Identity theft is a preventable crime, if we all work together.
A couple of month’s ago I wrote a post about a ridiculously large AT&T phone bill fraudsters ran up on a poor unsuspecting realtor. The whole point of the story was don’t assume anyone else will protect you. Legally, the fraud victim was responsible for the bill. Luckily, in the end AT&T weren’t cold bureaucratic bureaucrats about it and wrote off the damage.
Every company in the world should be protecting everyone else’s identity. Even if they’re not a customer. The financial damage hurts for AT&T sized giants and SMBs alike (although SMBs are more likely to get KO’d). But perhaps most damaging is the tough-to-get-out brand stain caused by sticking a law-abiding citizen with a surprise monstrous bill created by the activities of identity bandits. Competitors have a hard time letting go of a story that scary. The kind of story that makes customers and potential customers turn off the lights, lock the door, and breathe as quietly as possible when you come calling.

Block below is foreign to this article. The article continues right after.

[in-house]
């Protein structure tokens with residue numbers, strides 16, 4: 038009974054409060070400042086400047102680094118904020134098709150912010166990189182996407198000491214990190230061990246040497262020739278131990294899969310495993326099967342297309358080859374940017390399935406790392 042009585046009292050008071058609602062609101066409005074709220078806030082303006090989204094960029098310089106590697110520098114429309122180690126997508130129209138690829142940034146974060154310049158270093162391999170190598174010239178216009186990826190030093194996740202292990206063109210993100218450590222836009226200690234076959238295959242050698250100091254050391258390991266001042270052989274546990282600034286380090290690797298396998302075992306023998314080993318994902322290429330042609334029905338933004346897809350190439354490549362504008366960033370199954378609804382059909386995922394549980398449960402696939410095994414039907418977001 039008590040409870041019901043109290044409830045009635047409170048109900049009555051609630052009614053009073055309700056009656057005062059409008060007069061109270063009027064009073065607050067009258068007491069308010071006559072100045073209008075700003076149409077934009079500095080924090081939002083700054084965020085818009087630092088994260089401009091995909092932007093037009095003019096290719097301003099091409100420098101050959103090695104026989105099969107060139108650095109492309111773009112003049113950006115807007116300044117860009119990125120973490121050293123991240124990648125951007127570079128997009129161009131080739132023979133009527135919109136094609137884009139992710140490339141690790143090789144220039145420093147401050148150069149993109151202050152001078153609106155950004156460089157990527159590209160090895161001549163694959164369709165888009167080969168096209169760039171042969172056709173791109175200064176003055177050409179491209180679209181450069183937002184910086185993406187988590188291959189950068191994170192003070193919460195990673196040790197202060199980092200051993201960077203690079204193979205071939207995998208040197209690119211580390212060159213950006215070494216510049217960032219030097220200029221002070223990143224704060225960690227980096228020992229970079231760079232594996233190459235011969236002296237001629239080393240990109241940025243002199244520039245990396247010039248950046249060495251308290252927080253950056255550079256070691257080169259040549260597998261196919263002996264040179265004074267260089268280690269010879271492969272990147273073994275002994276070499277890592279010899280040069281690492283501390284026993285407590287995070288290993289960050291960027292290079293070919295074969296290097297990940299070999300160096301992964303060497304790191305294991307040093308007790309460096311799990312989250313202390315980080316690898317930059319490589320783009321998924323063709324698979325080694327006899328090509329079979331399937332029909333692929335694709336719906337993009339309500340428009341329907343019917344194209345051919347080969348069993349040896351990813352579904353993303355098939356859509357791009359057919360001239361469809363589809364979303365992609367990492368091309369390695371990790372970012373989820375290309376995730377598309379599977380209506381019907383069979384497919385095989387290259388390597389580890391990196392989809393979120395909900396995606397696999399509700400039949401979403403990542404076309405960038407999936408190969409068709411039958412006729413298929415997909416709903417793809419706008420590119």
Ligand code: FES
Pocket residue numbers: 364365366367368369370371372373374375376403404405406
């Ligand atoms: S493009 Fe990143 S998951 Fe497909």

Ignoring the security of customers and even not yet customers is a terrible business strategy that’s hard to justify. Suspicious activity, like deviant usage patterns and unmatched signup information, is easy to catch. Blocking fraudulent signups and usage saves your brand and your bottom line. When customers are hit by fraudsters you’re in the tough spot of being the heartless bill collector, or taking the damage out of next year’s marketing budget or worse.
Being aware of typical customer behaviors can help spot and shut down fraudulent activity on existing accounts before it gets too cray cray. For new signups, the identity puzzle Internet pirates build is often incomplete or mismatched and clever filters can easily trigger a request for more detailed proof of identity. Something legitimate new signups should be happy is in place. It’s proof you care about keeping them safe. No need to mention it’s in your best interest too.
When it comes to identity fraud, most companies don’t action against the threat. They’re too hungry for business to think about the belly ache that comes after eating fraudulent sales. But the only way to irradiate the problem, and protect us all, is to look out for each other until the fraudsters see there is no weakness to exploit.